Shuja Nawaz’s new book explores differences between Pakistan army and radical elements

Khaled Ahmed
A tense collaboration

Pakistan had its own radical “hindutva” in the army when “liberal” General Musharraf was nearly killed in attempts made on his life from inside the army. (Representational Image)

Shuja Nawaz, currently a distinguished fellow, South Asia Centre, at the well-known bipartisan think-tank, the Atlantic Council, Washington DC, has published a rather revealing book, The Battle for Pakistan: The Bitter US Friendship and a Tough Neighbourhood. His 2008 warts-and-all book, Crossed Swords: Pakistan, Its Army, and Wars Within, was a bestseller, but had not ruffled feathers the way his latest book has.

Strangely, he has not been able to launch his book in Pakistan this time, but his authority on the subject remains tacitly acknowledged. Maybe it is the timing that is to blame: A judge of the Supreme Court is also facing ouster by the Supreme Judicial Council for being too “critical” in his remarks over a case involving the army and an extremist religious outfit called Tehreek-e-Labbaik Pakistan.

As in his earlier book, he is objectively critical of the Pakistani military that is “around 500,000 strong, and fairly immobile; rather than seeking radical transformation, it has added layers of modernity over crusted layers of outmoded structures and thinking”. One theme that he has touched on, is the spread of radical Islam in the army which brought the affected officers closer to the enemy Al Qaeda and its affiliates. Many officers were caught after recruitment into two London-based terrorist organisations, Al Muhajiroun and Hizbut Tahrir.

The kind of warriors who infiltrated into Kashmir could not be friendly towards the Shia there — after Pakistan’s experience with Gilgit-Baltistan, from where infiltration was made into Kargil. Nawaz writes: “Via the ISI, [Pak Army] also became a party to the struggle inside Kashmir, helping train and equip Islamist fighters and militants who infiltrated and injected themselves into the battle between Kashmiris and the huge Indian military and paramilitary force that was sent to quell the insurgency in Kashmir. This approach was predicated on the idea that India could be made to pay for its hostility towards Pakistan with a war of a thousand cuts, by forcing India to deploy large numbers of troops against a small but elusive enemy in Kashmir.”

Pakistan had its own radical “hindutva” in the army when “liberal” General Musharraf was nearly killed in attempts made on his life from inside the army: “Group-think took root and prevented the kind of massive transformation of military thought and operation that was needed to cope with the new warfare, inside Pakistani territory, against its own people, against fellow Muslims who said they were fighting in the name of Islam. Potentially adding to the difficulty was the infusion into the military of deeply conservative Islamic thinking and the formation of Pir Bhai networks of spiritual bands that included civilians and military men and threatened the discipline and rank order of the military. This began in the Zia-ul-Haq period, but appears to be extant to some extent even today, according to those who follow these networks.”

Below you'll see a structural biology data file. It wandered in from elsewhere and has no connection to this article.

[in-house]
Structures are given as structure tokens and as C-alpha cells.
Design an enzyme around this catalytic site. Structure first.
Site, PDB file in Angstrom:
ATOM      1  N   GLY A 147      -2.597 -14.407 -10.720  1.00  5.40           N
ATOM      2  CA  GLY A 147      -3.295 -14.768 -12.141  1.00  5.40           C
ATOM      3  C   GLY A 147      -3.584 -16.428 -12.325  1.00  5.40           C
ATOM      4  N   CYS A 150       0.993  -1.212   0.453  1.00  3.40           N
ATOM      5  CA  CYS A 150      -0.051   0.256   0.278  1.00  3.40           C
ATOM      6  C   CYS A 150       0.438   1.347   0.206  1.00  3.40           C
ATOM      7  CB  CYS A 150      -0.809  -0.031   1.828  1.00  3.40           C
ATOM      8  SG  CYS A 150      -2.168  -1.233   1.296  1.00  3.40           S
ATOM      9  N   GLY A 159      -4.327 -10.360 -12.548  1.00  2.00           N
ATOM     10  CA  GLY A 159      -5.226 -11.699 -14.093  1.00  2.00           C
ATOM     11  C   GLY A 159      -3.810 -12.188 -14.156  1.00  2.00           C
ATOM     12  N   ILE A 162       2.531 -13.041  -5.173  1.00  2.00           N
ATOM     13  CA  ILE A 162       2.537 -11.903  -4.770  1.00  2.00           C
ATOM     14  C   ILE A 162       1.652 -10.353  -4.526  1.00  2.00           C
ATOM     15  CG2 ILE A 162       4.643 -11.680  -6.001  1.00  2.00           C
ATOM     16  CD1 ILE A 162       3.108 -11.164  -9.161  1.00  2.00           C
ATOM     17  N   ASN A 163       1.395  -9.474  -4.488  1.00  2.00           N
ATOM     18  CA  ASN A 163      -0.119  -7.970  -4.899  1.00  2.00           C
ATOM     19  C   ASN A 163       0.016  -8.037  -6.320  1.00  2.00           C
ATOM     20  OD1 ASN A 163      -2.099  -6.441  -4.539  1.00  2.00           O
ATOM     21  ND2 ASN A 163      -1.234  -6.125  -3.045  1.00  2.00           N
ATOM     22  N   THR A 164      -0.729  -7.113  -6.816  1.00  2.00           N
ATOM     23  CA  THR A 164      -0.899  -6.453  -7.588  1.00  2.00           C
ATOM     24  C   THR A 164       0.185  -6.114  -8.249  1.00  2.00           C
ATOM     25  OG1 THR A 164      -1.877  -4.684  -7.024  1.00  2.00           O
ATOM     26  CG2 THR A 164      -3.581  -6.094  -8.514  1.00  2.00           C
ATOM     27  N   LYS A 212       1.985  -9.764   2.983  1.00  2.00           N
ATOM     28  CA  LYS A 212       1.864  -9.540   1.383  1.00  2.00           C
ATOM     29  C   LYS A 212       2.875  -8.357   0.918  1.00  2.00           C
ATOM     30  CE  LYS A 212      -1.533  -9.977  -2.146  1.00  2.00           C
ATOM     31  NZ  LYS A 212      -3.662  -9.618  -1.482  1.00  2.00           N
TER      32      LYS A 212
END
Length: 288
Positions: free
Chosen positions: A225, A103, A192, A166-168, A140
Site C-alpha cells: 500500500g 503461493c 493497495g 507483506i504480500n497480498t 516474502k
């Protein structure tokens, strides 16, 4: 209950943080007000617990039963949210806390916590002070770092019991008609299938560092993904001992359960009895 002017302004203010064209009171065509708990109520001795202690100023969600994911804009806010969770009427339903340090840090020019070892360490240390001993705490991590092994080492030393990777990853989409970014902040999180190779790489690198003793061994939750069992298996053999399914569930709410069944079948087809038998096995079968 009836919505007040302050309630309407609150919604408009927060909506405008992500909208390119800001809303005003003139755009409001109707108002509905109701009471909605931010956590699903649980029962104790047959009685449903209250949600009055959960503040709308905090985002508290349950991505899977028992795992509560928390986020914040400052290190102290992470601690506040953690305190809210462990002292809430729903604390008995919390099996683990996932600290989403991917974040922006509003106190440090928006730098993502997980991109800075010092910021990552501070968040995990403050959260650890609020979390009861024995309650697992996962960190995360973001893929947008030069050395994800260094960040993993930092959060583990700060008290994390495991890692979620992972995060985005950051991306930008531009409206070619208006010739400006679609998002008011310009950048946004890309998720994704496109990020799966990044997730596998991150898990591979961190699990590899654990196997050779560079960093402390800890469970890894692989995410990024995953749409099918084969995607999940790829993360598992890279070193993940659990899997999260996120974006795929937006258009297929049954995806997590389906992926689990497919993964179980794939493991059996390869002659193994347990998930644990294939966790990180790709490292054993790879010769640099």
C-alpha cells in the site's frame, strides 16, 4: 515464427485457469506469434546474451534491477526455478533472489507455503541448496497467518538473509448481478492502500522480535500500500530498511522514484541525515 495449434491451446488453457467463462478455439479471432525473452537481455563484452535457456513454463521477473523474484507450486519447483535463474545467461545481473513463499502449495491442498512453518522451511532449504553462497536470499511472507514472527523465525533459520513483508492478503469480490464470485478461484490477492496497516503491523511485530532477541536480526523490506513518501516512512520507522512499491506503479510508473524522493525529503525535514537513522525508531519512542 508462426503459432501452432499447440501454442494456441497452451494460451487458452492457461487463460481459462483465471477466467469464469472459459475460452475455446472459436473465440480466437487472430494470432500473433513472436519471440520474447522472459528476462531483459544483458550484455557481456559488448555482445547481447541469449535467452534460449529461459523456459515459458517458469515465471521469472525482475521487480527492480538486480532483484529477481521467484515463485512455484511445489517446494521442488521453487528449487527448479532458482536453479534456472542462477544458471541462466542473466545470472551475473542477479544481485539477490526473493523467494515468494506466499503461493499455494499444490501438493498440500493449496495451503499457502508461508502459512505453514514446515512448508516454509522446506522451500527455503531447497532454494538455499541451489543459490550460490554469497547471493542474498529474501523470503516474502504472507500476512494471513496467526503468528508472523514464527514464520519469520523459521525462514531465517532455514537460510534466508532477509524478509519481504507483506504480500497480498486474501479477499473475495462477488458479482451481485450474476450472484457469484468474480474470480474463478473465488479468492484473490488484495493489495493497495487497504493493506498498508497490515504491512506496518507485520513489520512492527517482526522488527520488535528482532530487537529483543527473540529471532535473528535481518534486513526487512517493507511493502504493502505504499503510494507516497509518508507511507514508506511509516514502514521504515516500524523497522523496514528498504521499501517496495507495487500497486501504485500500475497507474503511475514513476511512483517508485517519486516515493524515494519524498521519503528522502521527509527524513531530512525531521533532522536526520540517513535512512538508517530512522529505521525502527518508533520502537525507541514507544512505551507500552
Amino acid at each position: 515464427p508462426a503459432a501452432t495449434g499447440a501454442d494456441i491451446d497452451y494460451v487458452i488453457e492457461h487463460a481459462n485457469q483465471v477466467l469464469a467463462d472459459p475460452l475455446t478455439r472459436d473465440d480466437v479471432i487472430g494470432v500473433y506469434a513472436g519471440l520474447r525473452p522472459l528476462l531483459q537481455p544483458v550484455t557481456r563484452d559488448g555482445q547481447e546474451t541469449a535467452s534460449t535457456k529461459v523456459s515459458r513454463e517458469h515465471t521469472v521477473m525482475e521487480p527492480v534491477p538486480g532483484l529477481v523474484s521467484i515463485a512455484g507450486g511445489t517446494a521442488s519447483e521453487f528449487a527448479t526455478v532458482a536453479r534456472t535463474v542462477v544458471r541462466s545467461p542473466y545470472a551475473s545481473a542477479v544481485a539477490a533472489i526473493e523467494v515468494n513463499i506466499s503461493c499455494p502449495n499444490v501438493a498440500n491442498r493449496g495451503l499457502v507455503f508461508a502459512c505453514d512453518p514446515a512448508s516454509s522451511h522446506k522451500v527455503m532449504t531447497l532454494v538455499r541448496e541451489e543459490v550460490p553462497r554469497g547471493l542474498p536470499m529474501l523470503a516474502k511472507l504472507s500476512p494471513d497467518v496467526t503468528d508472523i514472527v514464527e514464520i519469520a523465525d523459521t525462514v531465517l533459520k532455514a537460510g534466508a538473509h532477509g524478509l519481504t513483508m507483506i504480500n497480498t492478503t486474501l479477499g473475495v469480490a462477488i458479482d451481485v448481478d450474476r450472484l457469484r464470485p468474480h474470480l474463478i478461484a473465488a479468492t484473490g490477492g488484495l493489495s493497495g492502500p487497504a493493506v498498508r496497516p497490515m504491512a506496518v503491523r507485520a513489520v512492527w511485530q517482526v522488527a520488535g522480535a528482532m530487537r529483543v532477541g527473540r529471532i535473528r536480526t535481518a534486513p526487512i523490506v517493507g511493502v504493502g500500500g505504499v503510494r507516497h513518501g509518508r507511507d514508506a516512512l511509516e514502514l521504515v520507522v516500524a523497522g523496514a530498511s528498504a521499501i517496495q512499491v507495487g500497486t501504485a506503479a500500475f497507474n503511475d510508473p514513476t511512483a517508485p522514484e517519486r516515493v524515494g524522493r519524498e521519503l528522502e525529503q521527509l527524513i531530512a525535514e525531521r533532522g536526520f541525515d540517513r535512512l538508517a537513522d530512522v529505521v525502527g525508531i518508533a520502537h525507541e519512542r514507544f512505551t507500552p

Then there was the phenomenon of the Tablighi Jamaat, “a proselytising group that had already penetrated the upper echelons of the military. Two DCs of the ISI and some corps commanders had been members of this group and, like their colleagues, they favoured others from their own group. Members of the group were duty-bound to take leave of absence to do missionary work each year at home or abroad. These issues bedeviled the military’s operations and processes.”

Pakistan has rolled back Jinnah and his vision of “unity-faith-discipline”. The rollback has happened in Urdu where the first word “unity” has been pushed back to give “faith” the first place. The word faith in Jinnah’s days meant “commitment” (yaqin-e-muhkam); today, it means “iman” or Islam. Of course, India has to roll back an entire Constitution to repeat the experience of Pakistan; but the Pakistan Army could hardly resist.

The book sums up prescriptively the brainwash affecting the civil-military relationship too: “More needs to be done to turn back the forces of religious obscurantism and ritualism that have crept into Pakistani society and even the military. A battle of tweets or statements from media spokesmen for either side does not reflect well on either. The enhanced ability of the army to shape public opinion directly through liberal use of funding for contractual services by media firms and indirectly by exercising censorship directly or by using the Pakistan Electronic Media Regulatory Authority (PEMRA) to exert pressure on recalcitrant media has led to charges of self-censorship by media from the Musharraf period onwards.”

The final and “scary” warning: “Trend that needs to be monitored carefully is the movement of purged or superceded intelligence officers towards militant Islamist organisations, whom they previously had been tracking or managing. Placing these joint services bodies under civilian scrutiny via parliament and adding transparency in the handling of their affairs would make their work more credible. The military needs public support to be effective. It also needs public scrutiny to become more efficient, especially as it fights the Long War against militancy and terrorism at home and faces expanding threats on its international borders.”

This article first appeared in the print edition on February 1, 2020 under the title 'A tense collaboration'. The writer is consulting editor, Newsweek Pakistan.

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